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Emacs has a nice feature in the C-M-v keybind (scroll-other-window in Emacs Lisp), which causes the other window in a frame with two windows to scroll (I haven't tried it with more than two windows) without switching to the other window. Is there a way to get equivalent functionality with Mac OS X toplevel windows (i.e. non-Emacs windows)?

In particular I'm interested in scrolling Chrome and iTerm windows, but a more general solution would be great. I assume I would have to install a hotkey app of some sort, but I'm not averse to that.

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2 Answers 2

I don't know any way to get the second frontmost application or window with AppleScript, apart from something like this:

delay 0.3 -- time to release modifier keys if the script is run with a shortcut
tell application "System Events"
    set p to process 1 where it is frontmost
    set visible of p to false
    delay 0.01
    key code 121 -- 121 = page down, 116 = page up
    set frontmost of p to true
end tell

It makes the hidden and activated windows flash though.

With browsers you could use window.scrollBy():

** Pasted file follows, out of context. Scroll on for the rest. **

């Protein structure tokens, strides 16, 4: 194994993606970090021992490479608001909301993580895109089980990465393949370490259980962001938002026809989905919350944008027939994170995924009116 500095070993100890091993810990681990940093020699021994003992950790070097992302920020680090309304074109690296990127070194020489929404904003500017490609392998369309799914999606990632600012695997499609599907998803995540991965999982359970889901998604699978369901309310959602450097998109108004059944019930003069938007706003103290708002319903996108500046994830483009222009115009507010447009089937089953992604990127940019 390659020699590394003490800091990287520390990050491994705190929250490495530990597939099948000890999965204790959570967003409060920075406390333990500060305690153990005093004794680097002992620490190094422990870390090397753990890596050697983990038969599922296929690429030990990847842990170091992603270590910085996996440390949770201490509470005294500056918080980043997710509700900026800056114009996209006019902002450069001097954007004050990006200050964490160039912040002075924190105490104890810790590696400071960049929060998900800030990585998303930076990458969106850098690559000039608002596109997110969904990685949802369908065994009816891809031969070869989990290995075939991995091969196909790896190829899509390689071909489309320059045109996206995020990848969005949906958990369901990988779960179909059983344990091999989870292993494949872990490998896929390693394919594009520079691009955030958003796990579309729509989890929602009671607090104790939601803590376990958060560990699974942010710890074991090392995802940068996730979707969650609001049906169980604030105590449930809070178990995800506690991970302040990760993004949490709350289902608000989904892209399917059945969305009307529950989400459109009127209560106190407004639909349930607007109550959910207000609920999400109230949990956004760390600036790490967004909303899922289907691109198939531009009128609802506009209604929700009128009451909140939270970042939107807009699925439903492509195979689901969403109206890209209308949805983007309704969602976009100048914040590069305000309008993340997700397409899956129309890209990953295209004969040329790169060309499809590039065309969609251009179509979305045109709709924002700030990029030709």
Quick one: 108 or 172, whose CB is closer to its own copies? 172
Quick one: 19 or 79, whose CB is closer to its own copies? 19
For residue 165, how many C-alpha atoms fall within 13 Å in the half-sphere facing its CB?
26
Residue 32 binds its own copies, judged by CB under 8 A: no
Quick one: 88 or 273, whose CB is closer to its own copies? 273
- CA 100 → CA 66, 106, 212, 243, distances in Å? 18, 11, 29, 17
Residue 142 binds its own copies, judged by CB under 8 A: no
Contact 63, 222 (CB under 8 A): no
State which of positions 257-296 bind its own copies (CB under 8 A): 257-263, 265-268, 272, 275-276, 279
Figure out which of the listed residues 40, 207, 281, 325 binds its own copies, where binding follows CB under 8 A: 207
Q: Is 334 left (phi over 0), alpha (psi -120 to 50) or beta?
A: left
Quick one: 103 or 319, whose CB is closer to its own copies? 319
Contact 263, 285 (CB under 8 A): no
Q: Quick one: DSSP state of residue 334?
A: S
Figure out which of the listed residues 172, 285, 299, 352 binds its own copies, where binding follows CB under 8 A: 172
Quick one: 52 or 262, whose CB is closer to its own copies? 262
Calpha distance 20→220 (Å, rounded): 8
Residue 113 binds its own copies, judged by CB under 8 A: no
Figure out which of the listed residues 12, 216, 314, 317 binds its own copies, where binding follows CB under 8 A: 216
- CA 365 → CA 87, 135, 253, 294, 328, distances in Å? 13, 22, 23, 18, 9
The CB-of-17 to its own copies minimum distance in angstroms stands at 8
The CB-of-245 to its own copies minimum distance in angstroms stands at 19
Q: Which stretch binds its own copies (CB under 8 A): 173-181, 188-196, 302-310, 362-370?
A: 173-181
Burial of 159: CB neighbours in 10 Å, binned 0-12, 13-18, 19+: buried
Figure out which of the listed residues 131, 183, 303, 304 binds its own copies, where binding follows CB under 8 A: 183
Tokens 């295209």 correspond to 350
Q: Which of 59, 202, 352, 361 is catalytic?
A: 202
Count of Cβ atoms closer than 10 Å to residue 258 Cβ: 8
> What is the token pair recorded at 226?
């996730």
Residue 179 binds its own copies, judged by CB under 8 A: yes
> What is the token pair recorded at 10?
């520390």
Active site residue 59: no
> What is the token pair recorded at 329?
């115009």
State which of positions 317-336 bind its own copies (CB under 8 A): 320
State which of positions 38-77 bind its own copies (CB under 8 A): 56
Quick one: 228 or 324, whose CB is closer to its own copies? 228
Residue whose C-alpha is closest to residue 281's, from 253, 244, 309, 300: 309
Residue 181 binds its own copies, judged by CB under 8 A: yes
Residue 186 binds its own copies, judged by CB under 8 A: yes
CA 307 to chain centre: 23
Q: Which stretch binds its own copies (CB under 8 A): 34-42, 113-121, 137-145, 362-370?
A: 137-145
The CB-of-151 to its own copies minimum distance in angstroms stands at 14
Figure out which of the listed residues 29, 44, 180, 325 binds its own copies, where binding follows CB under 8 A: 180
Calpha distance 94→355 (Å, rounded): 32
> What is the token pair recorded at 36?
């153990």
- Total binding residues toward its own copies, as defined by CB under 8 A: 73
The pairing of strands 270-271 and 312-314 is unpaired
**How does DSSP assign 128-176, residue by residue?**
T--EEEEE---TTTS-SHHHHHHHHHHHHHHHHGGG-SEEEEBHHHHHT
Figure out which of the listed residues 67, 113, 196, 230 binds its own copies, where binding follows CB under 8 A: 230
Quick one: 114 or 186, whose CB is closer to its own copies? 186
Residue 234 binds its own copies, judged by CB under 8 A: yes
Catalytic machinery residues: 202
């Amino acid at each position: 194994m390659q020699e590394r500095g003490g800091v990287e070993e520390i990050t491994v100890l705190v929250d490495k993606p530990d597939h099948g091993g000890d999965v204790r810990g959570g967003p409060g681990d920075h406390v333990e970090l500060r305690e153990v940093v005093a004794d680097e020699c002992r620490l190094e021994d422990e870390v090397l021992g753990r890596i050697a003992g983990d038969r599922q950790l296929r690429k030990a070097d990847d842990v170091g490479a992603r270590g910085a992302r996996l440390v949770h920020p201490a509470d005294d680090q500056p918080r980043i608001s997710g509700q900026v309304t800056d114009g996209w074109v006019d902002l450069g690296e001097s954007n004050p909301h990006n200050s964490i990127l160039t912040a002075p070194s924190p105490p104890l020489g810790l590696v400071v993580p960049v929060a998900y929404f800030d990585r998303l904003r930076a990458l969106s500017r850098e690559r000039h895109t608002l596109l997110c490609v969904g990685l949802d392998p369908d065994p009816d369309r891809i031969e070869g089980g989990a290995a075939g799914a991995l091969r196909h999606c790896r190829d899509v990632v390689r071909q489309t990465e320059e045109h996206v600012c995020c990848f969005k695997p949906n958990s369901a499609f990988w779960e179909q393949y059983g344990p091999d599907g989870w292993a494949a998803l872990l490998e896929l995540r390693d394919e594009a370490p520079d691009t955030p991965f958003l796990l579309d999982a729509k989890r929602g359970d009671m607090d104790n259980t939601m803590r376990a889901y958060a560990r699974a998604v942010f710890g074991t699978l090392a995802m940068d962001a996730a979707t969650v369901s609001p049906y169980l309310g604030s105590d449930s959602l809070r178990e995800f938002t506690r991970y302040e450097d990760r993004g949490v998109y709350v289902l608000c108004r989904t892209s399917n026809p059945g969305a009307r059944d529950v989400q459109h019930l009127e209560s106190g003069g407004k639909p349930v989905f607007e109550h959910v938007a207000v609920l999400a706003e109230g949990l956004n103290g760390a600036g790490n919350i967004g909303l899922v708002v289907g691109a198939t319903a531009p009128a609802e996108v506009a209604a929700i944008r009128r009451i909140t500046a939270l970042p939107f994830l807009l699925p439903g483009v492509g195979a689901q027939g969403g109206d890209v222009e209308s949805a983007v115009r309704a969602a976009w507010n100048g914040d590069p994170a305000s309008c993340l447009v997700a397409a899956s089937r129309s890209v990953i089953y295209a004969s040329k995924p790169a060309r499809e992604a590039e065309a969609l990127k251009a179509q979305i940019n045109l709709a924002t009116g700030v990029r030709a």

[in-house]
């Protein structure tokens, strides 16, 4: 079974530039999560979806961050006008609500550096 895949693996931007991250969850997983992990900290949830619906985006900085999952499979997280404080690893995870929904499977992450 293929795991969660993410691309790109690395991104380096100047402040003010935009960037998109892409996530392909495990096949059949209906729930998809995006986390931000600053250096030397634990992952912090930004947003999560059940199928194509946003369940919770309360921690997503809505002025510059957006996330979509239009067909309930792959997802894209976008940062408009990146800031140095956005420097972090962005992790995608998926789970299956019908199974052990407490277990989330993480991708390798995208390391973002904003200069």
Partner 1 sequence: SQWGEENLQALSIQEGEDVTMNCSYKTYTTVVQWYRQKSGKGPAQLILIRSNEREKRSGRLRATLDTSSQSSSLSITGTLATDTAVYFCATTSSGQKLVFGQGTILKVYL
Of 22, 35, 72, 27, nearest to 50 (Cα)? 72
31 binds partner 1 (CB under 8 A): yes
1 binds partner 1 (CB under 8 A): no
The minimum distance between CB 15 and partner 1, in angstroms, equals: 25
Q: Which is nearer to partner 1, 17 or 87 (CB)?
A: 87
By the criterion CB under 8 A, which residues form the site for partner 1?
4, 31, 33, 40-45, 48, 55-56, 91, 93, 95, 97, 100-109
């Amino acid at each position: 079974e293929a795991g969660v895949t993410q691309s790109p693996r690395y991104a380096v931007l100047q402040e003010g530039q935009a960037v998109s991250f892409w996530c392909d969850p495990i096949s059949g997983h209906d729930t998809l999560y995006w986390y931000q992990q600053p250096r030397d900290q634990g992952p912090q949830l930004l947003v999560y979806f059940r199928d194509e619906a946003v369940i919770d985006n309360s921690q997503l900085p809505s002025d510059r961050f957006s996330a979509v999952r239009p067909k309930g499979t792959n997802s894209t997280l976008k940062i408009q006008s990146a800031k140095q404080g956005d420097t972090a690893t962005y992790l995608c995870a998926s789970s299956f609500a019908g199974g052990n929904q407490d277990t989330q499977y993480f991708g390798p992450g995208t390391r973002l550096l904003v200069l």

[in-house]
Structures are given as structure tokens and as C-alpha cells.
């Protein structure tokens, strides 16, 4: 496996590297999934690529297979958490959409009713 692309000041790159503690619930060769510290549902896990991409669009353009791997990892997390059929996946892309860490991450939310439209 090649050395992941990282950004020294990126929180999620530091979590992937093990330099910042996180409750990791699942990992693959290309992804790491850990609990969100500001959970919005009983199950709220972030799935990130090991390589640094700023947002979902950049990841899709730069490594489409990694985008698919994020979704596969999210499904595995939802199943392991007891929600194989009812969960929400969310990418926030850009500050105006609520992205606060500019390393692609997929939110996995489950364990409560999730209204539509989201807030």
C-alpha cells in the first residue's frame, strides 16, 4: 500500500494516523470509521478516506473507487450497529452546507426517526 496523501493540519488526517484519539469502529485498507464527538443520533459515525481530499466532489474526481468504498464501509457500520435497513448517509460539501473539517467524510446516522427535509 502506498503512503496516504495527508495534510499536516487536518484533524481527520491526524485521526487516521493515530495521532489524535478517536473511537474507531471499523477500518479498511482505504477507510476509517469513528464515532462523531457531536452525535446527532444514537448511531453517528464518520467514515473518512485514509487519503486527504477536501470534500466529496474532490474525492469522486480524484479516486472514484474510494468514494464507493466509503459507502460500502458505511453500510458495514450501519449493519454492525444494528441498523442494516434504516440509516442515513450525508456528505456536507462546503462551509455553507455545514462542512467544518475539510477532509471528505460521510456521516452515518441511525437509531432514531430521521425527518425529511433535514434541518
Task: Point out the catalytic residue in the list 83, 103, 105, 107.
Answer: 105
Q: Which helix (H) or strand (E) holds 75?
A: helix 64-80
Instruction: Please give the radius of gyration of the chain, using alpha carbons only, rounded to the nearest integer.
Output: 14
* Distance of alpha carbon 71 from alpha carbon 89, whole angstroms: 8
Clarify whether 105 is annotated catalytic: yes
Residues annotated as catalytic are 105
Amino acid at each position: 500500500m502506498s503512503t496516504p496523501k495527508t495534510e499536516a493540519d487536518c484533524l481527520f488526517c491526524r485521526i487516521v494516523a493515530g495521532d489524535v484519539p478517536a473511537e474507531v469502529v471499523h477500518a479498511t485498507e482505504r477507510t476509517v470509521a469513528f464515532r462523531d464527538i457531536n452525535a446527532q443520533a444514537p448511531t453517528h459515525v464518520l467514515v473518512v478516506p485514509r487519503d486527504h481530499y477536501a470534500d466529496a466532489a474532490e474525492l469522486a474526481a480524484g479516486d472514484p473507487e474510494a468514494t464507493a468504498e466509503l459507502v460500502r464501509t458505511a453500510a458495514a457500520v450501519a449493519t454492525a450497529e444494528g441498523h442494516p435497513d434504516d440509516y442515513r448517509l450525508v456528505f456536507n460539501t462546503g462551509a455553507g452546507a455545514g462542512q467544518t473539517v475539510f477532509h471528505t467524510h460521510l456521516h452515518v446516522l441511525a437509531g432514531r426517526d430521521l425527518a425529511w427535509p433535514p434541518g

tell application "Safari" to tell document 1
    do JavaScript "window.scrollBy(0,(window.innerHeight-20))"
end tell

tell application "Google Chrome" to tell active tab of window 1
    execute javascript "window.scrollBy(0,(window.innerHeight-20))"
end tell

Another option would be to simulate pressing ⌃F4, page up or page down, and ⌃⇧F4 by for example using KeyRemap4MacBook:

<autogen>__KeyToKey__ KeyCode::CURSOR_UP, ModifierFlag::FN | ModifierFlag::CONTROL_L | ModifierFlag::NONE, KeyCode::F4, ModifierFlag::CONTROL_L, KeyCode::PAGEUP, KeyCode::F4, ModifierFlag::CONTROL_L | ModifierFlag::SHIFT_L</autogen>
<autogen>__KeyToKey__ KeyCode::CURSOR_DOWN, ModifierFlag::FN | ModifierFlag::CONTROL_L | ModifierFlag::NONE, KeyCode::F4, ModifierFlag::CONTROL_L, KeyCode::PAGEDOWN, KeyCode::F4, ModifierFlag::CONTROL_L | ModifierFlag::SHIFT_L</autogen>

It also causes a visual glitch, and ⌃F4 sometimes selects windows from hidden applications.

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These do work as advertised, but the first one makes the frontmost app flash momentarily and the second one works only in Safari. They do have the advantage of correctly acting on the active page of the last app, which is nice. I'm afraid I'm going to award myself the actual answer, though -- although I would like a general solution, I prefer mine to the window flashing and slow performance of AppleScript. –  echristopherson Apr 15 '13 at 20:57
up vote 1 down vote accepted

I've discovered BetterTouchTool can send arbitrary keys to a certain application, so I set it up to send Page Up and Page Down to Chrome. It doesn't seem to be as general as I'd like (i.e. it can't just send events to the last-selected app; and it can't send actual swipe events to it), but it'll certainly do.

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